On offense, blue-chip redshirt freshman quarterback (and Southlake, Texas, product) Quinn Ewers returned to his home state to challenge Hudson Card for the starting job. (They appeared to fight to a draw this spring.) The transfer portal also brought Alabama's Jahleel Billingsley (tight end) and Agiye Hall (wideout) and big-play receivers Isaiah Neyor (Wyoming) and Tarique Milton (Iowa State). Along with some blue-chip freshmen, they join a skill corps that already featured Robinson, Worthy, slot Jordan Whittington and backs Roschon Johnson and Keilan Robinson. The run game should be excellent, and the passing attack certainly has potential.

Then again, this is Texas. The potential is always there, but the Horns only have one AP top-10 finish in 12 years to show for it. This is clearly a difficult job, whether or not it feels like it should be, and Sarkisian has not yet proved he can get all the influential arrows pointed in the same direction. The recent commitment of Arch Manning likely eases pressure a bit, but everyone in the program, from Sarkisian to Kwiatkowski to Ewers to even Patterson, has something to prove in 2022.

Why not Kansas State? K-State's year-end numbers got a bit of a boost when it manhandled an LSU team that only somewhat resembled LSU -- fewer than 40 scholarship players available, a receiver at quarterback -- in a 22-point Texas Bowl win in January. The Wildcats were 29th in SP+ heading into the postseason and finished 21st, though maybe some of that leap was artificial.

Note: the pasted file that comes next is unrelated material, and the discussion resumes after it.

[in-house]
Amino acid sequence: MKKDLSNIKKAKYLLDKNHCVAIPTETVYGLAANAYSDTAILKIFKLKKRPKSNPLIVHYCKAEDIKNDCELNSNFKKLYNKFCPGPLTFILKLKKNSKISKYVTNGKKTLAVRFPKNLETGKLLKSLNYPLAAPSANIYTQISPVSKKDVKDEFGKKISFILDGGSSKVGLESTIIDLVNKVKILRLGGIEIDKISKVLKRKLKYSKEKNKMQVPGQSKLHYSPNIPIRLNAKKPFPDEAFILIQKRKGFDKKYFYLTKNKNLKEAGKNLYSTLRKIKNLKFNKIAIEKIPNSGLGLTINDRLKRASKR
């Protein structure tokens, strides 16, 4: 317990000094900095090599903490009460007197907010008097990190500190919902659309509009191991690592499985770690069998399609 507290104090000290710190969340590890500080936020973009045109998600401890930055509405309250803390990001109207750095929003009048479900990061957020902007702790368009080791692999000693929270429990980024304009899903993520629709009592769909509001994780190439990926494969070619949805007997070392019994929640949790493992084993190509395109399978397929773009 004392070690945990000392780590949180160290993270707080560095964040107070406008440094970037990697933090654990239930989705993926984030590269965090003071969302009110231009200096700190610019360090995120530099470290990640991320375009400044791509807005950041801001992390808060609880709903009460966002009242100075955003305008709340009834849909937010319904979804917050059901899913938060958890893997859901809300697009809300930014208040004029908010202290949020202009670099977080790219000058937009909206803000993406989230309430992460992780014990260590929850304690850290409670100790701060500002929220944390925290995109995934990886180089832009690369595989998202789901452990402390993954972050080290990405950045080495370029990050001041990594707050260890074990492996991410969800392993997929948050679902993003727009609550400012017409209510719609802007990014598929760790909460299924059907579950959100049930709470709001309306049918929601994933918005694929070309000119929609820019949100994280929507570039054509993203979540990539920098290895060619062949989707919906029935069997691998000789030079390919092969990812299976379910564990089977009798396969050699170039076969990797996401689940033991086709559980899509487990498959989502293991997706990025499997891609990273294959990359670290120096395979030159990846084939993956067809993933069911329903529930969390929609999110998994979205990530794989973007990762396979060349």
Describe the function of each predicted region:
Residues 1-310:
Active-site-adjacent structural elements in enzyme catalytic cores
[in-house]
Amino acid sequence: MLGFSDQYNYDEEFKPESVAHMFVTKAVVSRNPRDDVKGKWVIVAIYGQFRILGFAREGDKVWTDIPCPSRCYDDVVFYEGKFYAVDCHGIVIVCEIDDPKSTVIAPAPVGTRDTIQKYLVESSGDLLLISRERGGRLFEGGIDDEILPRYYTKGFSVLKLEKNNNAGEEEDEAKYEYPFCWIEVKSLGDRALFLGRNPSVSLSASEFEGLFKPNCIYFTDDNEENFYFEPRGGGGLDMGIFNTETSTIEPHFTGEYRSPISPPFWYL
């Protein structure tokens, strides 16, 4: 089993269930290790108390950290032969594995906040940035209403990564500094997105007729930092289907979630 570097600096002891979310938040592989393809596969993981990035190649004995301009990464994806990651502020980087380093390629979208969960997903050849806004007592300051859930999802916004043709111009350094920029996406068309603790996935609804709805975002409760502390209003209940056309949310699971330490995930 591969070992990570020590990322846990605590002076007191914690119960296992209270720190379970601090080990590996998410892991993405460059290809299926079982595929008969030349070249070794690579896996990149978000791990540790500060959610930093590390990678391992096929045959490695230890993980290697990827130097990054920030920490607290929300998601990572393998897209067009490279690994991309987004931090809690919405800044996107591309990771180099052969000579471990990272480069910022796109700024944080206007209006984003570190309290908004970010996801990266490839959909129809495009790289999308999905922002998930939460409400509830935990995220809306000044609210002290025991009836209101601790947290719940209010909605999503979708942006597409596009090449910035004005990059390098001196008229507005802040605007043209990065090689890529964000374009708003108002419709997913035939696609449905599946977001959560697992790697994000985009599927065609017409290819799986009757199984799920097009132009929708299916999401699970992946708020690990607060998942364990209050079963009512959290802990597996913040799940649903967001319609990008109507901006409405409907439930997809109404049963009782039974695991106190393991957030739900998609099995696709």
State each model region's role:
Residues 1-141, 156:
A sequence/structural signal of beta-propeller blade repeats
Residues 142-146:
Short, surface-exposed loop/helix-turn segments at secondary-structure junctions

Still, they were 29th before the bowl, not bad for a team that ranked 47th following a 3-3 start. Chris Klieman's Cats allowed just 18 points per game over their last seven. Linebacker Daniel Green's 21 run stuffs ranked fourth among power conference defenders, and end Felix Anudike-Uzomah made a havoc play (a tackle for loss, forced fumble or pass defensed) every 23.1 snaps, third-best in the Power 5. The secondary missed a ton of tackles -- something that might not improve with four of last year's top seven gone -- but it was physical and disruptive up front, something that should continue with the return of most of last year's difference-makers.

Even with quarterback injury issues and a hit-or-miss line, the offense was difficult to knock off-schedule thanks to all-world utility man Deuce Vaughn (1,872 rushing and receiving yards, 22 touchdowns) and occasional big plays from receivers (and brilliant return men) Phillip Brooks and Malik Knowles. Now they add Nebraska's Adrian Martinez, one of the most polarizing quarterbacks in the country, to the equation. Martinez threw for 8,491 yards and rushed for 2,301 more over four seasons... and went 4-17 in games decided by one score.

Close games are part randomness, part quarterback play, part special teams and part mystery. Martinez made his share of miscues, but if it turns out that both he and Nebraska simply needed a fresh start away from each other to thrive, he could do quite a bit of thriving in Manhattan, Kansas. He'll have Vaughn and an efficient offense built for his skill set, plus a defense that might become the best in the conference if the defensive backs tackle a bit better. It's easy to boil this year's Big 12 title race down to two SEC-bound blue bloods (Oklahoma and Texas) versus last year's standouts (Baylor and Oklahoma State), but Kansas State needs only a break or two to be right in the mix.